Under the legislation, most businesses would be required to offer insurance to workers or pay a $750 annual fee per full-time employee. Companies with fewer than 25 employees would be exempt from the mandate, which faces fierce opposition by the Chamber of Commerce and National Federation of Independent Businesses.

Sen. Mike Enzi, (R-Wyo.), the highest-ranking Republican on the committee, delivered a bitter speech decrying the "partisan bill" as one that increases the deficit, "kills jobs and cuts wages."

More than anything, the vote this morning by the panel, formally named the Senate Health, Education, Labor and Pensions Committee, gives Democrats a bit of forward motion in a legislative effort that has sputtered in recent weeks.

"Health care reform is now one step closer to reality," said Senate Majority Leader Harry M. Reid (D-Nev.). He added, "This action is a positive step toward quality and affordable health care that Americans need and deserve."

The Senate Finance Committee, which has jurisdiction over the financing of health reform, has fallen behind its schedule as Chairman Max Baucus (D-Mont.) searches for bipartisan consensus on the politically difficult issue.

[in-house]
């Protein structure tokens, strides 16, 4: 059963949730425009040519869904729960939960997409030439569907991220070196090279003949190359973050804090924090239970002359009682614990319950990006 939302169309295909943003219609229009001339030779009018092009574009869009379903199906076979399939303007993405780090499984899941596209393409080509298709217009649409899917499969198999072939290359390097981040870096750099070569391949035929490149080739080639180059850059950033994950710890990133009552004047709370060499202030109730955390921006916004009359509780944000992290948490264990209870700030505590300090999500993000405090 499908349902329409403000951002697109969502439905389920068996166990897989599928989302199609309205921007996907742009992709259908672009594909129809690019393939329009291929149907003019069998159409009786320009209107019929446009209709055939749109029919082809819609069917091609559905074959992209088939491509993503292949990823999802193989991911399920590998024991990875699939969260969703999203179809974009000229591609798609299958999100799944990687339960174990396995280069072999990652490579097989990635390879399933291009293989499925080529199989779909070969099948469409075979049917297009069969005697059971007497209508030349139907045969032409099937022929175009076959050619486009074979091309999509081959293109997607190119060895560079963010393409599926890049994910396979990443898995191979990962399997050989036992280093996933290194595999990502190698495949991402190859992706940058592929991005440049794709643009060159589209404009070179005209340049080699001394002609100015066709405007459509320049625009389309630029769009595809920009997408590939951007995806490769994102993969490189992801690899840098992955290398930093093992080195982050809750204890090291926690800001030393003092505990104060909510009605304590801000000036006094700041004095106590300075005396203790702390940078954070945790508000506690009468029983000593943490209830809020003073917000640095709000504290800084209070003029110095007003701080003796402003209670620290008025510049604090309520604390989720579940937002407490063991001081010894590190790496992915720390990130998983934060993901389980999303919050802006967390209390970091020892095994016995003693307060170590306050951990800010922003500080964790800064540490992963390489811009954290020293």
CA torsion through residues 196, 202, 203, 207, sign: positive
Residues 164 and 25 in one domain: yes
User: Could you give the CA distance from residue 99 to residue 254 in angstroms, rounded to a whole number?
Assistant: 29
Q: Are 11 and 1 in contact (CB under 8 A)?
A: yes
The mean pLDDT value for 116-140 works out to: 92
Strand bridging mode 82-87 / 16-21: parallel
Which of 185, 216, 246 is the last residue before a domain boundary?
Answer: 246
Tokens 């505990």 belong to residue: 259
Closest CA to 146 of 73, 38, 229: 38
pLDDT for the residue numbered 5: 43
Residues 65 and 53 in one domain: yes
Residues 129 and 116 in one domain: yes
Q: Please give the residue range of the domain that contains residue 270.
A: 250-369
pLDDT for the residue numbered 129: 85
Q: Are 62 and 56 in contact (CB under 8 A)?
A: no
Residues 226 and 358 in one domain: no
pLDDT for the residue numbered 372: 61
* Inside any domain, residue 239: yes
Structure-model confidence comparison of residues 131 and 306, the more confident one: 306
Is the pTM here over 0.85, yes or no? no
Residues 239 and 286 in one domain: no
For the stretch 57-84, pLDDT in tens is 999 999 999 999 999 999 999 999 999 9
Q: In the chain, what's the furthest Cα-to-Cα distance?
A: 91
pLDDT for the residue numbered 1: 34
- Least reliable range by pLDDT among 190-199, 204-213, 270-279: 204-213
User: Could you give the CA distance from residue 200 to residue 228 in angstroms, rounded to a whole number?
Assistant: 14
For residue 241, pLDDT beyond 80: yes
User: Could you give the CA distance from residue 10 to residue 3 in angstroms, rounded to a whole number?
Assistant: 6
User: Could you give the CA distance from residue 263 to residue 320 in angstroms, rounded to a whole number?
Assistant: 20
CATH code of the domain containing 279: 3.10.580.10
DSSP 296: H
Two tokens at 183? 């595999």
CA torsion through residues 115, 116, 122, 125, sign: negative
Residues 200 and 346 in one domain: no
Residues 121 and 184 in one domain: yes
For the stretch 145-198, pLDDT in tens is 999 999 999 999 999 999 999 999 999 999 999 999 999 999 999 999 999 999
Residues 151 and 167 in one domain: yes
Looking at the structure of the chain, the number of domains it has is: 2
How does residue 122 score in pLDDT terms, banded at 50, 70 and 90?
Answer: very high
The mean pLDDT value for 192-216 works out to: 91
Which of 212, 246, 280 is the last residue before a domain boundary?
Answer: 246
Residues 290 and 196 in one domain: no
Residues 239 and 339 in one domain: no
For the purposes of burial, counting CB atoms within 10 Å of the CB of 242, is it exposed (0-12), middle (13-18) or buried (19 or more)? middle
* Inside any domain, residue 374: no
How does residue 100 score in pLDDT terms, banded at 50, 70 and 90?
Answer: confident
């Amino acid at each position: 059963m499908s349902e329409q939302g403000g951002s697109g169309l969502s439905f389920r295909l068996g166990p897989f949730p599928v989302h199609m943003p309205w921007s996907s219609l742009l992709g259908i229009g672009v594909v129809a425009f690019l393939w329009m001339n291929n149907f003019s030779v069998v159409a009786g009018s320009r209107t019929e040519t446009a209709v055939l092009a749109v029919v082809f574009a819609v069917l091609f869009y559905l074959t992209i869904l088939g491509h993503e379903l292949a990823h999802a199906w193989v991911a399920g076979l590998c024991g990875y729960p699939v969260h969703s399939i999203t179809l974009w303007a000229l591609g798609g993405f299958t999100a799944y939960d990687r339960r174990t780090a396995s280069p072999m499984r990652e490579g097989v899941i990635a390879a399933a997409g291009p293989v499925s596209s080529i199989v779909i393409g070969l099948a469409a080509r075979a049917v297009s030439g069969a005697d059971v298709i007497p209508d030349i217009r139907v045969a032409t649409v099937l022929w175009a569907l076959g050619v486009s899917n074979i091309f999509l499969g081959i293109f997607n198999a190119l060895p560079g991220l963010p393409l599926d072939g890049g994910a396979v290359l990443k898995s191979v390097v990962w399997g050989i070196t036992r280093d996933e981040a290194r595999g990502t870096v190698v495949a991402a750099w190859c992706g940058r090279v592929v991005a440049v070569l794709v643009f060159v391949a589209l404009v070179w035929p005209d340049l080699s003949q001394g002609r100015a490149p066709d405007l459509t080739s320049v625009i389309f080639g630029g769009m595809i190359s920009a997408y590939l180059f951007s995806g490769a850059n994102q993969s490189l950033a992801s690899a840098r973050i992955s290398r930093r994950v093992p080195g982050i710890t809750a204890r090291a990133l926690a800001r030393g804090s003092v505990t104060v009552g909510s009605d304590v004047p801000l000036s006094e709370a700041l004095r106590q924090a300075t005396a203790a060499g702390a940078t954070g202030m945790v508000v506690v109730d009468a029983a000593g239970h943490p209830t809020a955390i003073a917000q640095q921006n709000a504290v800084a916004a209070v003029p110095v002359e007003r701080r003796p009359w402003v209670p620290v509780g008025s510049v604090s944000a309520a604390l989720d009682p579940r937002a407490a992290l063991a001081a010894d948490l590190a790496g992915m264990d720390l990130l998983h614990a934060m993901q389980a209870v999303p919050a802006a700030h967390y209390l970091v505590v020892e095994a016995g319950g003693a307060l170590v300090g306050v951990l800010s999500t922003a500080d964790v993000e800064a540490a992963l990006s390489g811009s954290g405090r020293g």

Three members of the panel scheduled a news conference for this afternoon to put pressure on the insurance industry to contribute up to $100 billion over the next decade toward the cost of expanded health coverage. House Democrats have announced a plan that would force the richest 2 million U.S. taxpayers to shoulder much of the cost of an expansion of the nation’s health-care system, by imposing a surtax of as much as 5.4 percent on income above $350,000 a year.

Also today, the Democratic Party’s Organizing for America released new television ads touting the urgent need for health reform. The 30-second spot, dubbed "It’s Time," features average Americans who say they have been negatively affected by the current system.

Democratic Sen. Christopher J. Dodd (Conn.) is filling in as chairman of the health committee for the ailing Edward M. Kennedy (D-Mass.), a longtime proponent of health-care reform who has devoted decades to the cause of universal health coverage.

The absent senator, who is battling terminal brain cancer, issued an emotional statement to the committee from his sickbed, recalling that his two slain brothers announced their candidacies for the presidency in the Russell Caucus Room, where today’s vote took place.

"As you vote today, know that I am with you in heart and mind and soul, and I wish very much that I could be with you in person," Kennedy said. "The American people are on the march once more, and they will not stop until quality, affordable health care is the birthright of every American. And we are with them every step of the way."

Dodd told his colleagues that Kennedy, a close friend, is "ecstatic about our efforts here."